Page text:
Myanmar Army Sues Kachin Pastor Over Comments Made to US President Trump


2019-08-28
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myanmar-trump-kachin-pastors-dc-july17-2019.jpg US President Donald Trump (L foreground) meets with Rev. Hkalam Samson (L background) and Langjaw Gam Seng (C) from Myanmar's Kachin Baptist Convention at the White House in Washington, July 17, 2017.
AFP

The Myanmar military has filed a lawsuit against an ethnic Kachin religious leader for comments he made about human rights violations by soldiers in the Southeast Asian nation during a meeting with U.S. President Donald Trump in July, in the latest defamation complaint to be lodged by the armed forces against its critics.

Lieutenant Colonel Than Htike from the Northern Command based in northern Myanmar’s Kachin state filed the complaint against Reverend Hkalam Samson, president of the Kachin Baptist Convention (KBC), in Myitkyina Township Court on Monday, the religious leader told RFA’s Myanmar Service.

He filed the defamation lawsuit based on a live broadcast in which Hkalam Samson, who has faced persecution in predominantly Buddhist Myanmar because of his Christian faith, told Trump that oppression and torture were still common in the country.

Myanmar’s military, which stands accused of wide-ranging atrocities both in modern times and during its 1962-2011 rule over the country, routinely uses criminal defamation laws to punish its critics.

During his brief meeting with the American president, Hkalam Samson thanked Trump for imposing travel bans on top Myanmar military commanders involved in a violent crackdown on Rohingya Muslims in 2017.

He also appealed to Trump to take action against religious persecution in Myanmar and to support the country’s transition to genuine democracy and federalism during the live broadcast, which was posted on the Facebook page of World News Now, the overnight broadcast service of ABC News in the U.S.

The KBC president, who has not yet received a subpoena from the court, said that his appeal to the U.S. president was not done out of contempt for the Myanmar military.

“My motivation is to achieve the development of and peace in Myanmar as a genuine democracy and federalist [state],” he said. “I have no grudge or detrimental intention against anyone. I am willingly to settle this prosecution in court. I have no concerns about that.”

The court will decide whether it will proceed with the case by Sept. 9.

Survivors of religious persecution

Hkalam Samson and Kachin pastor Langjaw Gam Seng, a KBC youth leader, were among a group of more than two dozen survivors of religious persecution who had an unscheduled meeting with Trump on July 17 during an annual U.S. government gathering on religious freedom in Washington.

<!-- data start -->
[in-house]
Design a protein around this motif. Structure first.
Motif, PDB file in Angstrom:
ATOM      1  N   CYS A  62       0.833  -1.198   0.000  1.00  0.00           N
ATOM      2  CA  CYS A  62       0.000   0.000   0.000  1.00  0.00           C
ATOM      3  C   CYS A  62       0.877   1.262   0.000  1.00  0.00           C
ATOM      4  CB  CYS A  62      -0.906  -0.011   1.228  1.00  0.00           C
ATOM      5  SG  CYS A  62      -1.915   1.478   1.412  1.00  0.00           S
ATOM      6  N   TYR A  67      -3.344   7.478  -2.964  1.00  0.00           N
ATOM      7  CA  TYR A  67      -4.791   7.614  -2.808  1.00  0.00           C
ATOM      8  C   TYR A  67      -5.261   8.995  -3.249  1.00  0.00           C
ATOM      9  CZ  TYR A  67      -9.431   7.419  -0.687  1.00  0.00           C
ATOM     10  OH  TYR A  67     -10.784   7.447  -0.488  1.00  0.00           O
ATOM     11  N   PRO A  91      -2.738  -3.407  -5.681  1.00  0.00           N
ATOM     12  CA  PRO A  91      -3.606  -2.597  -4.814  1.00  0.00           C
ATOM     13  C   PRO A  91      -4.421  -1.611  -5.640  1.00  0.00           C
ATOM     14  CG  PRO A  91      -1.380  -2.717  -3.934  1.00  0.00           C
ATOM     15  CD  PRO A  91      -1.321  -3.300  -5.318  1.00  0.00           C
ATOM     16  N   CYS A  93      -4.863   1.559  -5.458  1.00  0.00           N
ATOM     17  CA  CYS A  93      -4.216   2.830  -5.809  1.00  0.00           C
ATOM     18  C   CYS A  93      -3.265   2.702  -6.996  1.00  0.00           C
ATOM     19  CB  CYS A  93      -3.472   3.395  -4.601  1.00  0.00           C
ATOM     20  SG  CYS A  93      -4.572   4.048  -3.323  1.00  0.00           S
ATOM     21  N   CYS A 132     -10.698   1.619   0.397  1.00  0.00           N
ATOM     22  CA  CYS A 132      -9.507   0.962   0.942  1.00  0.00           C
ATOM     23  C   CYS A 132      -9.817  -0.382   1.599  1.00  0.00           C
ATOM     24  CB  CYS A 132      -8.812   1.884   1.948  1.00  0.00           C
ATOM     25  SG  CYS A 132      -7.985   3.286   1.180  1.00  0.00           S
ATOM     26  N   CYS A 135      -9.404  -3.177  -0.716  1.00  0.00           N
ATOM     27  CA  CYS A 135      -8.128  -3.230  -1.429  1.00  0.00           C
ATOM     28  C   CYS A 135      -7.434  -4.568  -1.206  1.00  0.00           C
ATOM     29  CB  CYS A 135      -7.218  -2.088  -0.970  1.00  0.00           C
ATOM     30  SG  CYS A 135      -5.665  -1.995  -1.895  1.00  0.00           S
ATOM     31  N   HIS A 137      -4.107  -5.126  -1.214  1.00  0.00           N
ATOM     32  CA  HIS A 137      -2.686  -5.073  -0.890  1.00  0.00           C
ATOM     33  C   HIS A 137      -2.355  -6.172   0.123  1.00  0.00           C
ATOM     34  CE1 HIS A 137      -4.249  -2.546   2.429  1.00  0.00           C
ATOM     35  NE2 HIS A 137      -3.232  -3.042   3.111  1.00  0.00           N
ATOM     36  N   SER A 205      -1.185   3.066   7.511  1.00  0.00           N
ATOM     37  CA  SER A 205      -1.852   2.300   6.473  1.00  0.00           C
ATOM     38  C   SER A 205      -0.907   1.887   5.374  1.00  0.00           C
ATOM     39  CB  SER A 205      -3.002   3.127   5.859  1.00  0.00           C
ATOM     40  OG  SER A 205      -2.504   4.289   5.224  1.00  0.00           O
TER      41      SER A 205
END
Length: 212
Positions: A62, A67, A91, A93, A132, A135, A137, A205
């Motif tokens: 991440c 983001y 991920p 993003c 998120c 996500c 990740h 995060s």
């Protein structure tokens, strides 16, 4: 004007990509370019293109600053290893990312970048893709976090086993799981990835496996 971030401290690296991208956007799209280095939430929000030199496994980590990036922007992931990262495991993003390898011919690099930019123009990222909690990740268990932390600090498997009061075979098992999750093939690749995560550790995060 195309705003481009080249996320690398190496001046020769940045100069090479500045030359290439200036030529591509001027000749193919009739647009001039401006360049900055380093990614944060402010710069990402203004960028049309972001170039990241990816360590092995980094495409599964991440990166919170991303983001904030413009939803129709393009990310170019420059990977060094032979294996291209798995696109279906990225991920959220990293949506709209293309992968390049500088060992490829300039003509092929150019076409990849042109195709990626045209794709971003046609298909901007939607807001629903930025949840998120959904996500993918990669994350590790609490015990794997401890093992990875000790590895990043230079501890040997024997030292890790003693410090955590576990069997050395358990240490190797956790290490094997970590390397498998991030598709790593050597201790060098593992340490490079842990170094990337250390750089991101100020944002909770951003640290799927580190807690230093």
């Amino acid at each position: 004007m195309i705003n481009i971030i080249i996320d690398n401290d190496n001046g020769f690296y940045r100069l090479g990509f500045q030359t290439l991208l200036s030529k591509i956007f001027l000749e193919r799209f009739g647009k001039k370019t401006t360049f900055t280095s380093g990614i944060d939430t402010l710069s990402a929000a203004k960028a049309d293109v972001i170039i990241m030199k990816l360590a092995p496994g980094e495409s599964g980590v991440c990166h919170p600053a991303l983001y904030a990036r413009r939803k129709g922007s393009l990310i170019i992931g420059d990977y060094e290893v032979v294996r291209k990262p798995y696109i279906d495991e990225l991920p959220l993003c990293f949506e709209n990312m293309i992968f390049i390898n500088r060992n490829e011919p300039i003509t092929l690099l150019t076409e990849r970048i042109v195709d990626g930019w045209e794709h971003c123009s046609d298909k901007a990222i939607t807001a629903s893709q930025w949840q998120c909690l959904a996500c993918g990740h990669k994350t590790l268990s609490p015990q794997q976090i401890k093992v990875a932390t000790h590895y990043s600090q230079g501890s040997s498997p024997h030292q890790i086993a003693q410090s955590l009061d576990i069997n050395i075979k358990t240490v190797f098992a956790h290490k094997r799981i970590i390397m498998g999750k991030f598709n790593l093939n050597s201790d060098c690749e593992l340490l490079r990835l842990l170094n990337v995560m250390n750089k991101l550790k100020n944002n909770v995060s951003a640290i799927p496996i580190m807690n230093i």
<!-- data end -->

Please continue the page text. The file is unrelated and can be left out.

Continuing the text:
Langjaw Gam Seng had been detained in 2016 for taking journalists to see a Catholic church damaged in clashes between the government army and ethnic guerillas in northern Shan state.

He later was sentenced to two years and three months in jail for violating the Unlawful Associations Act on charges of having provided support to the rebel Kachin Independence Army (KIA).

Myanmar military spokesman Brigadier General Zaw Min Tun told RFA that he did not know anything about the lawsuit against Hkalam Samson.

Colonel Tun Nay Linn, commander of the military’s Northern Regional Command, could not be reached for comment.

Aung San Win, spokesman for Myanmar’s Ministry of Religious Affairs and Culture, declined to comment on the matter.

Myo Nyunt, spokesman for the ruling National League for Democracy (NLD) party, also declined to comment, saying he was not aware of Hkalam Samson’s statements to the U.S. president. He said that the religious leader had the right to prove himself innocent during a trial.

Headquartered in the state capital Myitkyina, the KBC is an evangelical Christian organization that promotes human rights and provides humanitarian assistance to civilians displaced by armed conflict between Myanmar forces and the KIA.

Hostilities between the Myanmar Army and the KIA resumed in the region in June 2011 following the breakdown of a 17-year bilateral peace accord.

Reported by Elizabeth Jangma for RFA’s Myanmar Service. Translated by Ye Kaung Myint Maung. Written in English by Roseanne Gerin.

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